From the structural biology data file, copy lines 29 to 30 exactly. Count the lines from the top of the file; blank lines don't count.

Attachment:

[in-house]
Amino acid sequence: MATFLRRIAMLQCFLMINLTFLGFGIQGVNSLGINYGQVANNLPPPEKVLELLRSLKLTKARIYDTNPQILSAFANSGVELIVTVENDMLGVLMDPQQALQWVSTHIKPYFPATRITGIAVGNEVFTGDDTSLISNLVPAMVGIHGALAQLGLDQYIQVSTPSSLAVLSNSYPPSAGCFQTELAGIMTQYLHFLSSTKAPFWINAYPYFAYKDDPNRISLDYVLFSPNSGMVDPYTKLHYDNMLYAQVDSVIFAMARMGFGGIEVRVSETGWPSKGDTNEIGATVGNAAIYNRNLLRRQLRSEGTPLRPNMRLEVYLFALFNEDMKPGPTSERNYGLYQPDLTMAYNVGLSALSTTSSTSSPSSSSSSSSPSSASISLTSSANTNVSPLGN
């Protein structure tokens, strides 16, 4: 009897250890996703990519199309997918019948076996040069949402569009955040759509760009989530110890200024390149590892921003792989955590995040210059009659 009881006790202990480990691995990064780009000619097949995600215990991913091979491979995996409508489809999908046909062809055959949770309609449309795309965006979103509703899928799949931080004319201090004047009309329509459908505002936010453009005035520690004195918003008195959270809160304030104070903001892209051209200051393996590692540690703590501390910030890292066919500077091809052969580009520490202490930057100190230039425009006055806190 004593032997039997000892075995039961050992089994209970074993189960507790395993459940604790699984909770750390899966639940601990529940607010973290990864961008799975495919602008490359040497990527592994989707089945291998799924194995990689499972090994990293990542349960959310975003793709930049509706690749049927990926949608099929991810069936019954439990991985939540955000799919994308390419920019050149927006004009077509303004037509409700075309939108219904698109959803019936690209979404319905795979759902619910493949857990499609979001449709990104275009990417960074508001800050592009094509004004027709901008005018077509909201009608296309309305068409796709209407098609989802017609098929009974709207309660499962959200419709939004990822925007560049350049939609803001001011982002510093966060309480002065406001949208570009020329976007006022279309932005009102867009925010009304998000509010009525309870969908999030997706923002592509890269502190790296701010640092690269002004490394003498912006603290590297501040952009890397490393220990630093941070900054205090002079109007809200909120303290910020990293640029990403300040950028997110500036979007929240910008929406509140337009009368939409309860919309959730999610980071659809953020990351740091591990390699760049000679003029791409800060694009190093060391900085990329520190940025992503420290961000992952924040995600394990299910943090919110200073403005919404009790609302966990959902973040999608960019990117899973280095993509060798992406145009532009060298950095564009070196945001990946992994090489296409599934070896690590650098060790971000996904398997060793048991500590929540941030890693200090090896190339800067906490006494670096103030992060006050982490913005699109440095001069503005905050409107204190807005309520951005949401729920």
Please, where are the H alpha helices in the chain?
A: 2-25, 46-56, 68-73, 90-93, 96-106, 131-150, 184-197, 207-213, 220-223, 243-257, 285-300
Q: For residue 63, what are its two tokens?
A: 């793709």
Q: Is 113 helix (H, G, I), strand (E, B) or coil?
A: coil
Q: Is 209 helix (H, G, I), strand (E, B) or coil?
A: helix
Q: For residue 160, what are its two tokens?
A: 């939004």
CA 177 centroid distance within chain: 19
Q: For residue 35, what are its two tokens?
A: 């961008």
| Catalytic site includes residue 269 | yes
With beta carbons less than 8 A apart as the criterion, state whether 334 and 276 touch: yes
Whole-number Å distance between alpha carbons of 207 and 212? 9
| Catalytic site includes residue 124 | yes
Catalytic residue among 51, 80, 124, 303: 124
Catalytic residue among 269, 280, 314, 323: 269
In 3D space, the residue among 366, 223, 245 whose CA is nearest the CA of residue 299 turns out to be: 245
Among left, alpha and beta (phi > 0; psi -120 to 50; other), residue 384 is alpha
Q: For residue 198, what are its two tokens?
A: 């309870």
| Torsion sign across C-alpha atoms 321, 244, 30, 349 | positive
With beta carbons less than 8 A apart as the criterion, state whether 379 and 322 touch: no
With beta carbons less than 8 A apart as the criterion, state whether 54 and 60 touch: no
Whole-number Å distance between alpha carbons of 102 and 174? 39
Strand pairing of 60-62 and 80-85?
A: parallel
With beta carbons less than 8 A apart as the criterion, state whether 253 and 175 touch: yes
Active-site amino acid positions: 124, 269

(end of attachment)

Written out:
With beta carbons less than 8 A apart as the criterion, state whether 54 and 60 touch: no
Whole-number Å distance between alpha carbons of 102 and 174? 39